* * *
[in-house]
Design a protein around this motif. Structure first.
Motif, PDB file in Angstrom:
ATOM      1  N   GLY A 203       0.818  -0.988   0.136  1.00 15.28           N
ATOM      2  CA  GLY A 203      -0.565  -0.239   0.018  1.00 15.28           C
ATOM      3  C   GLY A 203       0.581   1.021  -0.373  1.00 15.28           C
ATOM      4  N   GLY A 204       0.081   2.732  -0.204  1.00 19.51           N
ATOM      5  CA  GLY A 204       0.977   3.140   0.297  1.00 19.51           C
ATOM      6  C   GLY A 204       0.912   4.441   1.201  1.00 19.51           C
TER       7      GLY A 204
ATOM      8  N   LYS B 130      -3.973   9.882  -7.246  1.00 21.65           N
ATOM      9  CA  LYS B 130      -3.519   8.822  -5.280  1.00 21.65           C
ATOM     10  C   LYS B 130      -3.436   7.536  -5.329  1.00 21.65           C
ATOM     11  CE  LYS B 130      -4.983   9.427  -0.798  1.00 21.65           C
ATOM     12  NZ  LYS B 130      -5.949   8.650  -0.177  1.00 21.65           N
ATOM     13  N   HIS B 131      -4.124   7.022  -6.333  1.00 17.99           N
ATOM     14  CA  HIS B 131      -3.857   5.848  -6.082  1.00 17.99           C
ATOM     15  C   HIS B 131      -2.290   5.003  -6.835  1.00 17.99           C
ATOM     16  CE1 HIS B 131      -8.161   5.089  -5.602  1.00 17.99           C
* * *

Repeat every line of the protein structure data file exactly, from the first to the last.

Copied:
[in-house]
Design a protein around this motif. Structure first.
Motif, PDB file in Angstrom:
ATOM      1  N   GLY A 203       0.818  -0.988   0.136  1.00 15.28           N
ATOM      2  CA  GLY A 203      -0.565  -0.239   0.018  1.00 15.28           C
ATOM      3  C   GLY A 203       0.581   1.021  -0.373  1.00 15.28           C
ATOM      4  N   GLY A 204       0.081   2.732  -0.204  1.00 19.51           N
ATOM      5  CA  GLY A 204       0.977   3.140   0.297  1.00 19.51           C
ATOM      6  C   GLY A 204       0.912   4.441   1.201  1.00 19.51           C
TER       7      GLY A 204
ATOM      8  N   LYS B 130      -3.973   9.882  -7.246  1.00 21.65           N
ATOM      9  CA  LYS B 130      -3.519   8.822  -5.280  1.00 21.65           C
ATOM     10  C   LYS B 130      -3.436   7.536  -5.329  1.00 21.65           C
ATOM     11  CE  LYS B 130      -4.983   9.427  -0.798  1.00 21.65           C
ATOM     12  NZ  LYS B 130      -5.949   8.650  -0.177  1.00 21.65           N
ATOM     13  N   HIS B 131      -4.124   7.022  -6.333  1.00 17.99           N
ATOM     14  CA  HIS B 131      -3.857   5.848  -6.082  1.00 17.99           C
ATOM     15  C   HIS B 131      -2.290   5.003  -6.835  1.00 17.99           C
ATOM     16  CE1 HIS B 131      -8.161   5.089  -5.602  1.00 17.99           C